The May 18 primary elections provided more good than bad news for credit union-backed candidates.
One of the top credit union allies in Congress survived his primary challenge but with less than 50% of the vote, a long-time senator and credit union ally was toppled and one of the top conservative prospects won with credit union support.
Rep. Paul Kanjorski (D-Pa.) won 49% of the vote against two challengers-Lackawanna County Commissioner Corey O'Brien and first-time candidate Brian Kelly, who was one of the few Democrats supported by the tea party movement. Kanjorski will face Hazleton Mayor Lou Barletta, who he beat by 9,000 votes in 2008, for the third time.
Kanjorski, who is a leading sponsor of legislation that would raise the cap on member business lending and has been the main backer of several other pro-credit union bills, has received $10,000 from CUNA's political action committee during the current campaign cycle and $5,000 from NAFCU's PAC. He is also the No. 2 Democrat on the House Financial Services Committee.
Although Kanjorski's Northeastern Pennsylvania district is strongly Democratic-President Obama won it by nine percentage points in 2008 and Sen. John Kerry won it by 20 percentage points in 2004-Kanjorski has been criticized from both the right and left for supporting legislation that rescued large financial institutions.
"I don't think any incumbent can feel confident in a year like this," said CUNA Senior Vice President for Political Affairs Richard Gose. "It's also not at all unusual for challengers to defeat an incumbent on their third try."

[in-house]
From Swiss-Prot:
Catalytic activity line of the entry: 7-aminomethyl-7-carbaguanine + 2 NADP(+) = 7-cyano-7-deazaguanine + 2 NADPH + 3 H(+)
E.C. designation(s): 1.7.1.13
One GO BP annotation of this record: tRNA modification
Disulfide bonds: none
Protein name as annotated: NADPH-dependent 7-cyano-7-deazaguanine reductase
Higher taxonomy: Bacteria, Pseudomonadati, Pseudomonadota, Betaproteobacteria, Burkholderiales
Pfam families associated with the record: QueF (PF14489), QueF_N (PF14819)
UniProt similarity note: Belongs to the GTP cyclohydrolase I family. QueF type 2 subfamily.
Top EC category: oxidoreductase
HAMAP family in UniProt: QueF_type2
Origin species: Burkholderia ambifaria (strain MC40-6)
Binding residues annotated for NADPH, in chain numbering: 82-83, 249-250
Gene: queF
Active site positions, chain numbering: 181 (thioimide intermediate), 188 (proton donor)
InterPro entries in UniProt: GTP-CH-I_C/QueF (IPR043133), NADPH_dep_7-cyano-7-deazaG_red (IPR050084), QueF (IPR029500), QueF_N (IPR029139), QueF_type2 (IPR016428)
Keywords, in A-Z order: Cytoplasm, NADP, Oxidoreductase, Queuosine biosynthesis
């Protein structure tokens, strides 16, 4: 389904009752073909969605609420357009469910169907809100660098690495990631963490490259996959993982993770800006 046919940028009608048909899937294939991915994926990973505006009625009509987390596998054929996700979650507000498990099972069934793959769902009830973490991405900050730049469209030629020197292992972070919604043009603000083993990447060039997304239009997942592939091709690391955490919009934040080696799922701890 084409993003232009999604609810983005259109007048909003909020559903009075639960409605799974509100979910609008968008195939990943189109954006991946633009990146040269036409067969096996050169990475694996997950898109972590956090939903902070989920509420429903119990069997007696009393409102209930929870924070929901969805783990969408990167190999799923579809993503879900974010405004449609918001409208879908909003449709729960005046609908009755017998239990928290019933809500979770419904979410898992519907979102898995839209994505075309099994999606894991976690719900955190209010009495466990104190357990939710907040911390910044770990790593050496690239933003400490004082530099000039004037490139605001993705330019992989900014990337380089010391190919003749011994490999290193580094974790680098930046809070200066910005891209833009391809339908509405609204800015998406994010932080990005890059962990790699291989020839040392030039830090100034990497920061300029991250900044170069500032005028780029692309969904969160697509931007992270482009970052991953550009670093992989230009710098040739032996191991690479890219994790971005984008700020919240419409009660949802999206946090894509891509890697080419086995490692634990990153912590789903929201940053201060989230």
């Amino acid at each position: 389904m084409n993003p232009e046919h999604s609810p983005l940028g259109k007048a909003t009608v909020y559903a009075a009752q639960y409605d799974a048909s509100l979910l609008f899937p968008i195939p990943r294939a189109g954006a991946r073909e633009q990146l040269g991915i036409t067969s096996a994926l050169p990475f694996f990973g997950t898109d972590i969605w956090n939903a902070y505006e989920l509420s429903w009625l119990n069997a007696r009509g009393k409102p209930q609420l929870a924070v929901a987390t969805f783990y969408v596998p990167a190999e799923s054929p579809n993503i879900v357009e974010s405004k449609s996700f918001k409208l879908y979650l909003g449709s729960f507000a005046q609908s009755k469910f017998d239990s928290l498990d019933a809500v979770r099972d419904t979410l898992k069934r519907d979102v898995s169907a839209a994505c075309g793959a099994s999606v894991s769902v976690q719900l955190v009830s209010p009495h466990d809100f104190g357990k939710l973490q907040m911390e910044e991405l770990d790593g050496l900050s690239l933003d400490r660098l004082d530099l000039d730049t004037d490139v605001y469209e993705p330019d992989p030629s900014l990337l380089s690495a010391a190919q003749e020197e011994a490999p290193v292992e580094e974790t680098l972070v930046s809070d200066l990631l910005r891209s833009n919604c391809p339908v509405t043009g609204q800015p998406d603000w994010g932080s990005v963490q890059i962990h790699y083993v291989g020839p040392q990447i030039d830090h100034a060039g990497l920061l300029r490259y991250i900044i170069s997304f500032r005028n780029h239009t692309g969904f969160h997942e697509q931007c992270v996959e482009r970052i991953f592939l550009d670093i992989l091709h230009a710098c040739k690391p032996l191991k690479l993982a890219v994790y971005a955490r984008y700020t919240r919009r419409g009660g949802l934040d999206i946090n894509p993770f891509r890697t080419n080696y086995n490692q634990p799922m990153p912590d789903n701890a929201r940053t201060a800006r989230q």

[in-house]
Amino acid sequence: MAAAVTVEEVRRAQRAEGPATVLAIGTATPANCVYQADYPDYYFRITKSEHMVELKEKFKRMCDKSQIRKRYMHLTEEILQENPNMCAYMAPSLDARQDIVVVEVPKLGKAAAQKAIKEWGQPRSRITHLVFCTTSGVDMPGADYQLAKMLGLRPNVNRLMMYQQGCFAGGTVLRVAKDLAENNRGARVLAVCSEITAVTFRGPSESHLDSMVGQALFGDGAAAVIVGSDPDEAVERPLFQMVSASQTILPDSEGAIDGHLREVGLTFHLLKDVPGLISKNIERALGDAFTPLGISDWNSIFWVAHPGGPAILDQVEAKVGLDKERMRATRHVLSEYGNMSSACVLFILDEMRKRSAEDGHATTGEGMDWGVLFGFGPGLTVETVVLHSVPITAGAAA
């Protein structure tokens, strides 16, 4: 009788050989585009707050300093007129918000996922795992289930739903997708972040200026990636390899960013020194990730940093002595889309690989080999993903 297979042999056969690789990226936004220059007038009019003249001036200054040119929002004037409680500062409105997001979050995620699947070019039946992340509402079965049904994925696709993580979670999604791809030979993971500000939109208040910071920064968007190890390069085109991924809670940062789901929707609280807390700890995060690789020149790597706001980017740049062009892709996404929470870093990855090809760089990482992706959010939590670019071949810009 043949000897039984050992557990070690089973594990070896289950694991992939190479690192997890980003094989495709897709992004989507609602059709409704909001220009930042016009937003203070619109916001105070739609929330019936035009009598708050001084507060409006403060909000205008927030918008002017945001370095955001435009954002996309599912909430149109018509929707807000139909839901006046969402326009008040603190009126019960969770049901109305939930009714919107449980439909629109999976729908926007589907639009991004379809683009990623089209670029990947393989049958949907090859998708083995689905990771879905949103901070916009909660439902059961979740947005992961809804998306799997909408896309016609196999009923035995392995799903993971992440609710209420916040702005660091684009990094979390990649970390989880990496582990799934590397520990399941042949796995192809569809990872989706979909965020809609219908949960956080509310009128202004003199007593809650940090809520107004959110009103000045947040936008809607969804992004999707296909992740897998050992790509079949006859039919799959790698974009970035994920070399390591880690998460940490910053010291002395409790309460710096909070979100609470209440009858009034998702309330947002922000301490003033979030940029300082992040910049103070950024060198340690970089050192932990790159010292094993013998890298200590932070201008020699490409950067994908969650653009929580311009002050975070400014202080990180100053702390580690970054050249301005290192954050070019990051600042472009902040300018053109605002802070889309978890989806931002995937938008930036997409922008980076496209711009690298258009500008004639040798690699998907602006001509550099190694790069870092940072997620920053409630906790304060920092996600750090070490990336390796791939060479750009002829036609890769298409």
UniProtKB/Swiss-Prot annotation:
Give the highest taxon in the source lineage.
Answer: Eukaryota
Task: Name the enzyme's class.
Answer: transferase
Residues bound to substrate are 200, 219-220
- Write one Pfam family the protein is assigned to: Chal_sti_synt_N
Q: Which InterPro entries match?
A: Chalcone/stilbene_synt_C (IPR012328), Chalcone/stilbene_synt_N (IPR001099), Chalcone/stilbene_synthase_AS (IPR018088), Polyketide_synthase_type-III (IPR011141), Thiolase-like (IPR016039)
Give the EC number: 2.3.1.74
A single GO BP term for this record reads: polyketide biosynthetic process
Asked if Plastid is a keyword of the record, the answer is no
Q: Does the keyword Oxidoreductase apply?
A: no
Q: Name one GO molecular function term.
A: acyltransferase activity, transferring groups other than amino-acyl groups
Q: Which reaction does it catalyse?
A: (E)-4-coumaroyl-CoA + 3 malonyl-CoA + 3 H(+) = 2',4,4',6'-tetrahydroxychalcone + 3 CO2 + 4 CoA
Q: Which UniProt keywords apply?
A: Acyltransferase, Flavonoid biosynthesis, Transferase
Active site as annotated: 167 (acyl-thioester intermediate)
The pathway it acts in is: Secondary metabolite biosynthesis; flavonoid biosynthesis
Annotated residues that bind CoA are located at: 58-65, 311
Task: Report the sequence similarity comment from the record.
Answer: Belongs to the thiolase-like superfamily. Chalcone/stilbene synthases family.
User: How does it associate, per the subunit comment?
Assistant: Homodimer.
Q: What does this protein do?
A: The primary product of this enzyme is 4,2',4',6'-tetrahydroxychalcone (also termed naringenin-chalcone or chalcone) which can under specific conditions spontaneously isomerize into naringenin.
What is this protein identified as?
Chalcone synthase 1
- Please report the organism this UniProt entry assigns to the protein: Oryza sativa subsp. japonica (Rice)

CUNA's PAC also gave $5,000 to Mark Critz, who won a special election in the Southwest Pennsylvania district that was represented for 36 years by Rep. John Murtha (D) before his death in February. Critz, a Democrat and former Murtha aide, defeated businessman Tim Burns 53% to 44%. The two will face each other in a rematch in the November election.
Healthcare First Credit Union in Johnstown hosted a fundraiser for Critz, attended by employees and volunteers of other credit unions in the area.
In the most high-profile Pennsylvania race, despite the backing of the state's party leadership and the credit union's top PACs, Sen. Arlen Specter (D) was defeated in the primary by Rep. Joe Sestak (D) 54% to 46%.
CUNA's PAC gave Specter $3,000 and NAFCU's PAC gave him $2,500. Specter was facing voters for the first time since changing parties last year.
The general election will force credit unions to choose between friends, and the political strategists of both CUNA and NAFCU said they hadn't decided who to support.
Sestak, a two-term lawmaker from suburban Philadelphia, received $7,000 from CUNA's PAC when he ran for reelection in 2008 and $1,000 from NAFCU's PAC. Neither group gave him money in his first race, when he challenged 20-year incumbent Curt Weldon (R).
Former Rep. Pat Toomey (R-Pa.), the GOP nominee for U.S. Senate, was a favorite of credit unions while he was in the House of Representatives from 1999 to 2005. CUNA's PAC gave him $9,500 during his career and NAFCU's PAC gave him $1,000.
Gose and NAFCU Executive Vice President B. Berger both said they would speak to members in Pennsylvania and review the positions of Sestak and Toomey before deciding who to back.
In the GOP primary in Kentucky, CUNA's PAC gave $5,000 to ophthalmologist Rand Paul, a favorite of the tea party and the son of U.S. Rep. Ron Paul (R-Texas). Rand Paul defeated Secretary of State Trey Grayson, who was backed by much of the state's political establishment.
Gose said CUNA backed Paul, who has never held elective office before, because he spoke favorably about credit union issues during discussions with league officials.
Paul will face Kentucky Attorney General Jack Conway in the fall for the seat currently held by Sen. Jim Bunning.
In Arkansas, CUNA and NAFCU's PACs both gave money to Sen. Blanche Lincoln (D), who received a plurality of votes in the primary but will have to face Lt. Gov. Bill Halter in a June 8 runoff. The winner will face Rep. John Boozman (R) in the general election. Lincoln received $3,500 from CUNA's PAC and $1,000 from NAFCU's PAC.